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In re Marriage of Foster

Court of Appeals of Arizona, Second Division

June 8, 2016

In re the Marriage of Jacqueline Foster, Petitioner/Appellee, and Charles Sidney Foster, Respondent/Appellant.

         Appeal from the Superior Court in Cochise County No. DO201300543 The Honorable Karl D. Elledge, Judge

          Jacqueline Foster, McNeal In Propria

          Persona Bays Law PC, Sierra Vista By P. Randall Bays Counsel for Respondent/Appellant

          Presiding Judge Vásquez authored the opinion of the Court, in which Chief Judge Eckerstrom and Judge Miller concurred.

          OPINION

          VÁSQUEZ, Presiding Judge:

         ¶1 Charles Foster appeals from the trial court's decree of dissolution of his marriage to Jacqueline Foster. He argues the court erred by awarding guns that he contends were his separate property to Jacqueline as part of the community-property disposition. The issue presented on appeal is whether the presumption that all property acquired during the marriage is community property applies to guns Charles claims he inherited, thereby requiring him to prove their separate-property character by clear and convincing evidence. For the reasons stated below, we conclude the answer is yes and affirm.

         Factual and Procedural Background

         ¶2 We view the facts in the light most favorable to upholding the trial court's decree. See Bell-Kilbourn v. Bell-Kilbourn, 216 Ariz. 521, n.1, 169 P.3d 111, 112 n.1 (App. 2007). Charles and Jacqueline were married in December 1957. They had three children, including their now-adult daughter Missy and son Jack. Throughout their marriage, Charles bought and sold guns. Charles also inherited numerous guns from family members, including his brother John. According to Jacqueline, Charles "always" told her that they "would retire on the guns." In June 2013, Charles gave Missy thirty-eight guns to distribute to family members upon his death.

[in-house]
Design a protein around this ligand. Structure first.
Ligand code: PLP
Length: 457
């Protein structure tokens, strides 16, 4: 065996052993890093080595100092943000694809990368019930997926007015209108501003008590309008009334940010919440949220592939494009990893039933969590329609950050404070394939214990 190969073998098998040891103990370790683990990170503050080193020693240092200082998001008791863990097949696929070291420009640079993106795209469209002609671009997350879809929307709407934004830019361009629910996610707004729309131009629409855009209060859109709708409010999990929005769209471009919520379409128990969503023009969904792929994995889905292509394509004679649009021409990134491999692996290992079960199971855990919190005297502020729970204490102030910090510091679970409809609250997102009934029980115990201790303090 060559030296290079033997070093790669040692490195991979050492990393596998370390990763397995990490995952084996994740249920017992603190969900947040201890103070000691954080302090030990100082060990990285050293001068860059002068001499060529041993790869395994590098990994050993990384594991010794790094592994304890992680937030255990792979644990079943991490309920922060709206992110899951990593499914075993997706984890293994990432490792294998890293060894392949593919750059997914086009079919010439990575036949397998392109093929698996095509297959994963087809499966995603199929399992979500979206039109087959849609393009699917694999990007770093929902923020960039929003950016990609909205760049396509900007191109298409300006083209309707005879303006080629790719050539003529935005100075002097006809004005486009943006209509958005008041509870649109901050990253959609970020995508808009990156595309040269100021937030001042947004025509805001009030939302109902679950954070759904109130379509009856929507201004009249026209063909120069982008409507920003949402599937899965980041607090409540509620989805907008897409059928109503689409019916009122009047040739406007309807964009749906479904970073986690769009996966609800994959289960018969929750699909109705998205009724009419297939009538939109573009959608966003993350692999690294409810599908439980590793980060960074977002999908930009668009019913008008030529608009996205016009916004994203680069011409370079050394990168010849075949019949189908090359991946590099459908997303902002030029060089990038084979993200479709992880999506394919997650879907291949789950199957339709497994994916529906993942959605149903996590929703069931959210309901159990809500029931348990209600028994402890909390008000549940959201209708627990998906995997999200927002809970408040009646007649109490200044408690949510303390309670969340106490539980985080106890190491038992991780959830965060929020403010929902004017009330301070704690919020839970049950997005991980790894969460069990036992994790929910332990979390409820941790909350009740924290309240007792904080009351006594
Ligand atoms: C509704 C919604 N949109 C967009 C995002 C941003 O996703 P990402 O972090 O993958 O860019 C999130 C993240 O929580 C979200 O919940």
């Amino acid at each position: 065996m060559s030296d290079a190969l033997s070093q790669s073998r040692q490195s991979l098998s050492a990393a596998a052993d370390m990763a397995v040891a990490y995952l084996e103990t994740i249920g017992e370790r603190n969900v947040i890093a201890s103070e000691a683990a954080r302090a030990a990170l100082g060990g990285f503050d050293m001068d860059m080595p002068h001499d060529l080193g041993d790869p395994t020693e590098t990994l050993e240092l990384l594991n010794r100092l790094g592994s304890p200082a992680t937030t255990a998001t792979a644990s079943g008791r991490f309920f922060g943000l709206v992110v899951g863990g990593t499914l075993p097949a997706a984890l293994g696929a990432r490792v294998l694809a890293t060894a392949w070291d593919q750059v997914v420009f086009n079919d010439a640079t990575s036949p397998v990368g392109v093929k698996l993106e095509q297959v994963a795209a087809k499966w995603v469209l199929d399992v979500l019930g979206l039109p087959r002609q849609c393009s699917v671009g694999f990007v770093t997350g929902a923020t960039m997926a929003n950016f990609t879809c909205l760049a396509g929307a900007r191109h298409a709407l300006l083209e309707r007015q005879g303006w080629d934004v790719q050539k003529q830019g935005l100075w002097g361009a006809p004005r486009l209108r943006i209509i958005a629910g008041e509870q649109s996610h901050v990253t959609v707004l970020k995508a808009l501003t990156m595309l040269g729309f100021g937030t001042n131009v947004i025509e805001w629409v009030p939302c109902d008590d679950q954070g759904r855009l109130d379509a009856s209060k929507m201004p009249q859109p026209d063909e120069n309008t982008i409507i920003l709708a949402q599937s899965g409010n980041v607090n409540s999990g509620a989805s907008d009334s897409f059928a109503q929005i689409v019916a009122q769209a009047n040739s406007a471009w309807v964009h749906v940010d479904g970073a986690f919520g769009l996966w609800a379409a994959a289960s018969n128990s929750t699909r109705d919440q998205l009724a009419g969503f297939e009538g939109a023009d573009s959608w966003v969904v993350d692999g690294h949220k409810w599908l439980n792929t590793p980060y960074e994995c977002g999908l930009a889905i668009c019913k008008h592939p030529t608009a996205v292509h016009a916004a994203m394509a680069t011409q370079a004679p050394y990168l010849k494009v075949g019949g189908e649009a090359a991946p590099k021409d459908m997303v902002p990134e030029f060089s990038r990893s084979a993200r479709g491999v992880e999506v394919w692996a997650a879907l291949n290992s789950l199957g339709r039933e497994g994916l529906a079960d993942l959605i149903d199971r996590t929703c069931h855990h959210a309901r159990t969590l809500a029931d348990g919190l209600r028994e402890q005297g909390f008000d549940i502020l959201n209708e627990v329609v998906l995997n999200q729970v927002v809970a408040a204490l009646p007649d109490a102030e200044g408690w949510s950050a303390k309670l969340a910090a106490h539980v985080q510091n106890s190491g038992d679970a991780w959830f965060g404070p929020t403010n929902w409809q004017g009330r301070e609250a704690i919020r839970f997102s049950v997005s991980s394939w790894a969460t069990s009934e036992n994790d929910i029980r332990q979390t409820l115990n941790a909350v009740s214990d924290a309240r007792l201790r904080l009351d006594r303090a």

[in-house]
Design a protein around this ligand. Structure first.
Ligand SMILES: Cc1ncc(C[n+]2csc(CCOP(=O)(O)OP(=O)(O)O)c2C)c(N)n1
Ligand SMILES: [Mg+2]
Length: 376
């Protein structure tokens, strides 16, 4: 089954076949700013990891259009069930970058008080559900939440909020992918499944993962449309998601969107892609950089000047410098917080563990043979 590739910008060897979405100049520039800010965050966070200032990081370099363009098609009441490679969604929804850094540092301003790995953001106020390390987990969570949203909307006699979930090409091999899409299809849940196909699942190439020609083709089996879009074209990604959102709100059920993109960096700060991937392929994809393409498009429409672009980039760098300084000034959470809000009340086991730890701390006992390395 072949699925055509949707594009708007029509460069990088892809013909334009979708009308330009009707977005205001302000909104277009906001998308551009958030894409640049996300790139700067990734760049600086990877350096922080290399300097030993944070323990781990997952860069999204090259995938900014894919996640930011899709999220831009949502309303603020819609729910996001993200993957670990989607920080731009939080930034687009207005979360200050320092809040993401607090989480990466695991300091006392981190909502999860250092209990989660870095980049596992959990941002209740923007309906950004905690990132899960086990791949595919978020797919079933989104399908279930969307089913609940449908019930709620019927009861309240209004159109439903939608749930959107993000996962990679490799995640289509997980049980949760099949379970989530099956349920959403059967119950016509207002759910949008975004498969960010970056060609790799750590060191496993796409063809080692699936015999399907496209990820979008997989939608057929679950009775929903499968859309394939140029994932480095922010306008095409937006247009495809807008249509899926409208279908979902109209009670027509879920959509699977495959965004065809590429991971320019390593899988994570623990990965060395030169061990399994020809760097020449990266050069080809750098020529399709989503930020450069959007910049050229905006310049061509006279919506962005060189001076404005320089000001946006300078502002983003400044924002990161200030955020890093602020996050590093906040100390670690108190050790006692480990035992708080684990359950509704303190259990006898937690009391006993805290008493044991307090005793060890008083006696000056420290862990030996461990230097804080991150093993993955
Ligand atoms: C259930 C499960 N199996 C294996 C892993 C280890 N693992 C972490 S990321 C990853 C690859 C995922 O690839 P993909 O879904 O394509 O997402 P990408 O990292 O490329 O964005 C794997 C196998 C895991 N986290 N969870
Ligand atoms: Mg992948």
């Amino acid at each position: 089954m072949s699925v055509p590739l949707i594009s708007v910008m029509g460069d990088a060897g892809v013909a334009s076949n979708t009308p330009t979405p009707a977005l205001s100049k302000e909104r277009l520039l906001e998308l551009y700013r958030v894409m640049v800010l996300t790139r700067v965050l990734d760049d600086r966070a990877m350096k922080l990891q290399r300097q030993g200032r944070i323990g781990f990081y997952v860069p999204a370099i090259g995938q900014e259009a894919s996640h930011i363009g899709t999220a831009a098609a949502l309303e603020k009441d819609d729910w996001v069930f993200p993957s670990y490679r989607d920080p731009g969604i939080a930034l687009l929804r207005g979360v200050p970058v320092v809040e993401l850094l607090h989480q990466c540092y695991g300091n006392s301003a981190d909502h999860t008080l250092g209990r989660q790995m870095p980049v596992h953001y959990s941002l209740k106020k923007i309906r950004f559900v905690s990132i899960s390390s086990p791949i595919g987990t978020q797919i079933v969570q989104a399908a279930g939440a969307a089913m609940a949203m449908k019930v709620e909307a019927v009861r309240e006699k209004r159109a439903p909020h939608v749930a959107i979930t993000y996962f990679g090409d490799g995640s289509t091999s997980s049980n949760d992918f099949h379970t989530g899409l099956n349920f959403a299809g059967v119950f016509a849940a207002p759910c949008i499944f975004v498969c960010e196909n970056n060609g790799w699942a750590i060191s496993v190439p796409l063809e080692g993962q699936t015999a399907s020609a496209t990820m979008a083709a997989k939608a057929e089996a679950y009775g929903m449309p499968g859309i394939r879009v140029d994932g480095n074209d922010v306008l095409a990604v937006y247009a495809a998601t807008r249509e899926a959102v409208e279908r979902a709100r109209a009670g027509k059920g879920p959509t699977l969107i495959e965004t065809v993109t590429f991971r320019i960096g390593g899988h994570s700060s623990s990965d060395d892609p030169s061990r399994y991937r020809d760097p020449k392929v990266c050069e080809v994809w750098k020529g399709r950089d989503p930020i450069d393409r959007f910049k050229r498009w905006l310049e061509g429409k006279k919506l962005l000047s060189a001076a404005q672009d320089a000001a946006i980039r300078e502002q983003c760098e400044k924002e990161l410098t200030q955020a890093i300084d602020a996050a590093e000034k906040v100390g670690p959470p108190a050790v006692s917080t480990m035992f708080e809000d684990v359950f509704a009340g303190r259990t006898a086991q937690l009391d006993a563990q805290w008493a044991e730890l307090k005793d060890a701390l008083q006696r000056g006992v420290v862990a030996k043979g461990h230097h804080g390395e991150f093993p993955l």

¶3 In July 2013, Jacqueline filed a petition for dissolution of marriage. The following year, while the dissolution was pending, the Cochise County property where the parties were residing caught fire and dozens of guns burned. At the dissolution trial, the parties disputed how many and which guns still existed. Charles maintained the only guns that had survived the fire were the thirty- eight that Missy was holding. Jacqueline requested "half of the guns, even, because the guns were held over [her] head all those years as [their] investments; [their] retirement." She also wanted all the guns that Charles had inherited from John and promised to Jack.

         ¶4 In its under-advisement ruling, the trial court found as follows:

According to [Charles], the thirty-eight guns he currently possesses or controls are his sole and separate property. . . .
Here, [Charles] did not sustain his burden that all of the thirty-eight guns in question are his sole and separate property. While there is no dispute a number of the guns were inherited, [Charles] produced no records in court (other than self-serving documents) to trace the acquisition of the guns which were not inherited. Accordingly, the guns which were not inherited are community property and subject to division by the Court.

         The court then awarded Jacqueline fourteen of the thirty-eight guns. Charles filed a motion for reconsideration, arguing he had inherited six of the guns awarded to Jacqueline from his brother and, consequently, they should be his separate property. The court denied the motion and entered a decree of dissolution of ...


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